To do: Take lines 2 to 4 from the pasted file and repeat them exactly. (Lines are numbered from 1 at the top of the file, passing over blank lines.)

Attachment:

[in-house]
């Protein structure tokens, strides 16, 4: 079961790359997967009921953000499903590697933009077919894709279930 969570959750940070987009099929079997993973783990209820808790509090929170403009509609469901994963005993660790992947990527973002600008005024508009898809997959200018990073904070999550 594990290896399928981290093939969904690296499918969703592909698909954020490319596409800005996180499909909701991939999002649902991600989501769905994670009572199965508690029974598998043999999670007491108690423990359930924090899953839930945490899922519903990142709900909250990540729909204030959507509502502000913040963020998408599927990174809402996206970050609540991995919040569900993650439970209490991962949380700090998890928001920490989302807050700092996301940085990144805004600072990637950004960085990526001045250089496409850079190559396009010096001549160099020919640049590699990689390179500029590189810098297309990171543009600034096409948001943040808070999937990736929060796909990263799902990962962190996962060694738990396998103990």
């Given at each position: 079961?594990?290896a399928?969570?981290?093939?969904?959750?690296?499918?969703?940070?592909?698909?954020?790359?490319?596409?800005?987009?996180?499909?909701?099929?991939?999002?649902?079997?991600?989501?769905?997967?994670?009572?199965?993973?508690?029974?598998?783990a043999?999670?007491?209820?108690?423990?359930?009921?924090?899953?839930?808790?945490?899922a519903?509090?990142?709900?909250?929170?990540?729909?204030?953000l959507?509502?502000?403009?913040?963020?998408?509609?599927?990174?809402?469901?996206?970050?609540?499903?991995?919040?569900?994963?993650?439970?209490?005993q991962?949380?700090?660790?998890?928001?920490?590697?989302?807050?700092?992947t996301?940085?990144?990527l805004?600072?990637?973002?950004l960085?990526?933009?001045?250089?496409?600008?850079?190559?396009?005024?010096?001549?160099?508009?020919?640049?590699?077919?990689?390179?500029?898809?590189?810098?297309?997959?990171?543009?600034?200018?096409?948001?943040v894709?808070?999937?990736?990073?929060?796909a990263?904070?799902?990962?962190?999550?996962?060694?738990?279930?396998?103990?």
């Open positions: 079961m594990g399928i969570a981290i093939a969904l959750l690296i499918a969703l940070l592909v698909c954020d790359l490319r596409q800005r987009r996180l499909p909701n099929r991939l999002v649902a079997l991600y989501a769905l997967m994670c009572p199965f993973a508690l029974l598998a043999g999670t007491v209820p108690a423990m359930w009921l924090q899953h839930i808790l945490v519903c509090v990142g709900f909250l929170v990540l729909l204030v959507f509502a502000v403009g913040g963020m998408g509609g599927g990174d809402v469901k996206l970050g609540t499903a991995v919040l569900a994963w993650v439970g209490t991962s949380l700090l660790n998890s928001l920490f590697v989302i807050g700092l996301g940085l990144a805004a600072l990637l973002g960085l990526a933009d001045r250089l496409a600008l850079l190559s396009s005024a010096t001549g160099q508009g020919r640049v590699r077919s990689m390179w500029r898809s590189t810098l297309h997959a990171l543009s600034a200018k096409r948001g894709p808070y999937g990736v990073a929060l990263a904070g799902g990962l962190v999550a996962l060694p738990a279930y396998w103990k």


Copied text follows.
């Protein structure tokens, strides 16, 4: 079961790359997967009921953000499903590697933009077919894709279930 969570959750940070987009099929079997993973783990209820808790509090929170403009509609469901994963005993660790992947990527973002600008005024508009898809997959200018990073904070999550 594990290896399928981290093939969904690296499918969703592909698909954020490319596409800005996180499909909701991939999002649902991600989501769905994670009572199965508690029974598998043999999670007491108690423990359930924090899953839930945490899922519903990142709900909250990540729909204030959507509502502000913040963020998408599927990174809402996206970050609540991995919040569900993650439970209490991962949380700090998890928001920490989302807050700092996301940085990144805004600072990637950004960085990526001045250089496409850079190559396009010096001549160099020919640049590699990689390179500029590189810098297309990171543009600034096409948001943040808070999937990736929060796909990263799902990962962190996962060694738990396998103990």
């Given at each position: 079961?594990?290896a399928?969570?981290?093939?969904?959750?690296?499918?969703?940070?592909?698909?954020?790359?490319?596409?800005?987009?996180?499909?909701?099929?991939?999002?649902?079997?991600?989501?769905?997967?994670?009572?199965?993973?508690?029974?598998?783990a043999?999670?007491?209820?108690?423990?359930?009921?924090?899953?839930?808790?945490?899922a519903?509090?990142?709900?909250?929170?990540?729909?204030?953000l959507?509502?502000?403009?913040?963020?998408?509609?599927?990174?809402?469901?996206?970050?609540?499903?991995?919040?569900?994963?993650?439970?209490?005993q991962?949380?700090?660790?998890?928001?920490?590697?989302?807050?700092?992947t996301?940085?990144?990527l805004?600072?990637?973002?950004l960085?990526?933009?001045?250089?496409?600008?850079?190559?396009?005024?010096?001549?160099?508009?020919?640049?590699?077919?990689?390179?500029?898809?590189?810098?297309?997959?990171?543009?600034?200018?096409?948001?943040v894709?808070?999937?990736?990073?929060?796909a990263?904070?799902?990962?962190?999550?996962?060694?738990?279930?396998?103990?």
């Open positions: 079961m594990g399928i969570a981290i093939a969904l959750l690296i499918a969703l940070l592909v698909c954020d790359l490319r596409q800005r987009r996180l499909p909701n099929r991939l999002v649902a079997l991600y989501a769905l997967m994670c009572p199965f993973a508690l029974l598998a043999g999670t007491v209820p108690a423990m359930w009921l924090q899953h839930i808790l945490v519903c509090v990142g709900f909250l929170v990540l729909l204030v959507f509502a502000v403009g913040g963020m998408g509609g599927g990174d809402v469901k996206l970050g609540t499903a991995v919040l569900a994963w993650v439970g209490t991962s949380l700090l660790n998890s928001l920490f590697v989302i807050g700092l996301g940085l990144a805004a600072l990637l973002g960085l990526a933009d001045r250089l496409a600008l850079l190559s396009s005024a010096t001549g160099q508009g020919r640049v590699r077919s990689m390179w500029r898809s590189t810098l297309h997959a990171l543009s600034a200018k096409r948001g894709p808070y999937g990736v990073a929060l990263a904070g799902g990962l962190v999550a996962l060694p738990a279930y396998w103990k």